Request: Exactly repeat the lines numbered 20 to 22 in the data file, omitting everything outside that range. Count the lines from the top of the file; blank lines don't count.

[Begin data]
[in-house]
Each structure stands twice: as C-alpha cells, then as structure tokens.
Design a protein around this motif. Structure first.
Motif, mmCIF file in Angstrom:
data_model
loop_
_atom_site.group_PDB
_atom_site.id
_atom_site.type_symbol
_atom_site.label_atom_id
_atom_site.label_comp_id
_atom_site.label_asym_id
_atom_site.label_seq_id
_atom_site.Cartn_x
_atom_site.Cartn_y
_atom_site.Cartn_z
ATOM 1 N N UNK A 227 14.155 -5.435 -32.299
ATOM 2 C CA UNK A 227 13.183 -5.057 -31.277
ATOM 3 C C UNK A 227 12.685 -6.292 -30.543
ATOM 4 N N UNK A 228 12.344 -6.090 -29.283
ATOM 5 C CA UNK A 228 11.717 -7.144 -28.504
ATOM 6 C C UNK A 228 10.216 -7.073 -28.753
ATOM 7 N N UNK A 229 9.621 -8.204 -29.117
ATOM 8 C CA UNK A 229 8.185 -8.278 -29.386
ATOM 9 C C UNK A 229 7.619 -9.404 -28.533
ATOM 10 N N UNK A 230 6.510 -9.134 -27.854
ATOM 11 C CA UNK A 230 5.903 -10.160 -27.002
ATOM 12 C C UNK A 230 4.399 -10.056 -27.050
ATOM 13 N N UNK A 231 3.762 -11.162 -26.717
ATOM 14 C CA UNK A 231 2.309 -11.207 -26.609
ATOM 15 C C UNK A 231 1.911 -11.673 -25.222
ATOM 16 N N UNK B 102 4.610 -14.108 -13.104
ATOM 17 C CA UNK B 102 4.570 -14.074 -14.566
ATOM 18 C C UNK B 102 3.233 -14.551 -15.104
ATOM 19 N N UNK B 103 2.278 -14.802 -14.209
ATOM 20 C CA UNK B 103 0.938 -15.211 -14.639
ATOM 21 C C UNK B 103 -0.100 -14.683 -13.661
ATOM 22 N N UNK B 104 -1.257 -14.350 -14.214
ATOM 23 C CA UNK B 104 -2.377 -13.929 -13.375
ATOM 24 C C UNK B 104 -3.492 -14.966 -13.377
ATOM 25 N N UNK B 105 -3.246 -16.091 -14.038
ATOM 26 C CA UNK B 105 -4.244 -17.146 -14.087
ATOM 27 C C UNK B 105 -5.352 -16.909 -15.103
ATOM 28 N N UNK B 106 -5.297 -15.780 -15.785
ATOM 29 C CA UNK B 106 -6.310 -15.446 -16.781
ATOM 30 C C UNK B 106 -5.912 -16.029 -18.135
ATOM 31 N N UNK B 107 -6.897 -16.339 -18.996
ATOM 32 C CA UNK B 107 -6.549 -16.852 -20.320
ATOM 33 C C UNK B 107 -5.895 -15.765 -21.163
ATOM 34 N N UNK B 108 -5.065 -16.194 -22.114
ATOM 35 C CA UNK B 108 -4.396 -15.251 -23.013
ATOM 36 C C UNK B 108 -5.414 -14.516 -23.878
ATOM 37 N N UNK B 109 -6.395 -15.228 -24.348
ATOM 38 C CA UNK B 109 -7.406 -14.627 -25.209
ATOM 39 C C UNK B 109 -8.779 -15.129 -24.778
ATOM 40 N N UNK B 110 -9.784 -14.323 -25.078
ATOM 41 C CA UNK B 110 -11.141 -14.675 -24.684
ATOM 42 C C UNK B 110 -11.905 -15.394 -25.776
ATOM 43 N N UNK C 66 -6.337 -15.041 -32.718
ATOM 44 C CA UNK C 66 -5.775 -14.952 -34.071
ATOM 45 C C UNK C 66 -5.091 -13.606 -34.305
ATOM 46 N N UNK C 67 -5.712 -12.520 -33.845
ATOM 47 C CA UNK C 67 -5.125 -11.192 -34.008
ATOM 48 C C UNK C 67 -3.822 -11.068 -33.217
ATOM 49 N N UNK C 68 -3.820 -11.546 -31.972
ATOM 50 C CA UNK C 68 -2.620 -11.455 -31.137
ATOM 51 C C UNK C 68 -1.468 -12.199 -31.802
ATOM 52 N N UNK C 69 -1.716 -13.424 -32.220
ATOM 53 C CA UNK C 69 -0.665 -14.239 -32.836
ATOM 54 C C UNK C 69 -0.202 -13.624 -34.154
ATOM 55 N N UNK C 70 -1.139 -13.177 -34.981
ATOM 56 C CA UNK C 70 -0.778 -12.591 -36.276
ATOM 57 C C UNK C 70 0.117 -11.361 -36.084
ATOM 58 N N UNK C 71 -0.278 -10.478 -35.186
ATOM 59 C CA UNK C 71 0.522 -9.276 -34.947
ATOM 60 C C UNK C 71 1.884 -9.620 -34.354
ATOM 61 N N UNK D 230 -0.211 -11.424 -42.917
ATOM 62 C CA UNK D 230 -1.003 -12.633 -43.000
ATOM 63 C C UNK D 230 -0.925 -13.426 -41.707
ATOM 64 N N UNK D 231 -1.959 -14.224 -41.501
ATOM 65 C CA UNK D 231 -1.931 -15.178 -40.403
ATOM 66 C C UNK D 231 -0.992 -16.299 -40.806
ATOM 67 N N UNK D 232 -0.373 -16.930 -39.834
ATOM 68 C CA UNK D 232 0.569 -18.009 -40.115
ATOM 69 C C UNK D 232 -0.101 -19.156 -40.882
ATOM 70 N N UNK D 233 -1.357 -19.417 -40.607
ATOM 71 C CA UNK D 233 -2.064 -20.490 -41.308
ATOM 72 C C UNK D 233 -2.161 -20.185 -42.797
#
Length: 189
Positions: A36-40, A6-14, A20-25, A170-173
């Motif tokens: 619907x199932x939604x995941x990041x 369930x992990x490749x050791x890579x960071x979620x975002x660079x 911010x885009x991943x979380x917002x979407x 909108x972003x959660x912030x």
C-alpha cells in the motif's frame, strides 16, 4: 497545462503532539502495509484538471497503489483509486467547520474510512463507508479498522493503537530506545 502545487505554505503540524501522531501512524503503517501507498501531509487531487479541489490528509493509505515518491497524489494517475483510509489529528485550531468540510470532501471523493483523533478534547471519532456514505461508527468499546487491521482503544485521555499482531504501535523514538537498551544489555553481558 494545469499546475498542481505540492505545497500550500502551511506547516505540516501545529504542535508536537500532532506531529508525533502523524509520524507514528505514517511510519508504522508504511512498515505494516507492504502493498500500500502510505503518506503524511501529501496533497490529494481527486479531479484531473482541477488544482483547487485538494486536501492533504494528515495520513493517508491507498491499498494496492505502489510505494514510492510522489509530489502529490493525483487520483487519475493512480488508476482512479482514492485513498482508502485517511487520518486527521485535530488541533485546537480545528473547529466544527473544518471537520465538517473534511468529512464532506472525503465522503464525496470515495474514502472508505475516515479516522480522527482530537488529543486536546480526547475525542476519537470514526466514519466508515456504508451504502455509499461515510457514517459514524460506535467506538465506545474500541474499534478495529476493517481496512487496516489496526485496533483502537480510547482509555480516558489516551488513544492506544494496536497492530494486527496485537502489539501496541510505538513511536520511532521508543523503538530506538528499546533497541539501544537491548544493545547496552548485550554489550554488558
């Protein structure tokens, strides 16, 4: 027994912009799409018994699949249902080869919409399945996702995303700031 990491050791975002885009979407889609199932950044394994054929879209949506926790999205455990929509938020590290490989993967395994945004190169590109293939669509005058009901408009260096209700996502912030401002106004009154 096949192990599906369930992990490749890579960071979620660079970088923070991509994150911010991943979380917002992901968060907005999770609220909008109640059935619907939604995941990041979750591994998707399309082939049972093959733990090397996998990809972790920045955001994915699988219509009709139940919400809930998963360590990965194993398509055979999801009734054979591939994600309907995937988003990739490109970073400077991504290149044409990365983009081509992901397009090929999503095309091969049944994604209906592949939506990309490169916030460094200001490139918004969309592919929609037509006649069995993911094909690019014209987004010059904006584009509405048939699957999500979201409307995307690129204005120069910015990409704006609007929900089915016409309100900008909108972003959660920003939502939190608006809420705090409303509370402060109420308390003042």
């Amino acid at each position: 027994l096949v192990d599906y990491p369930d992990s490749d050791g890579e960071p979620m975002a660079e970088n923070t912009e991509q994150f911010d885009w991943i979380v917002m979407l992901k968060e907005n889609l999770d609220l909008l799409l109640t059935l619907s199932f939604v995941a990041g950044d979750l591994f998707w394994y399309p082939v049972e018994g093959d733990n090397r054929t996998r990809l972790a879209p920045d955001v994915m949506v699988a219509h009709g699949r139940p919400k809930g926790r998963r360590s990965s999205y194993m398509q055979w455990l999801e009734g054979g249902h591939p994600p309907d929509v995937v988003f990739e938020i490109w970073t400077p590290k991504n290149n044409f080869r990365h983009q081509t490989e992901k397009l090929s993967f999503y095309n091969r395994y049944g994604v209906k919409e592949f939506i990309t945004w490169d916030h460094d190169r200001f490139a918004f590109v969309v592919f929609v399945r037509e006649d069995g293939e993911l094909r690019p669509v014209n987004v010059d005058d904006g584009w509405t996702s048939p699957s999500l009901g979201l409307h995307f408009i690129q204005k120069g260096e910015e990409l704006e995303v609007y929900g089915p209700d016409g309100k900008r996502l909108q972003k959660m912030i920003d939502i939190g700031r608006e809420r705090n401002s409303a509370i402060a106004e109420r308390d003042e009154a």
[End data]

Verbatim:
ATOM 4 N N UNK A 228 12.344 -6.090 -29.283
ATOM 5 C CA UNK A 228 11.717 -7.144 -28.504
ATOM 6 C C UNK A 228 10.216 -7.073 -28.753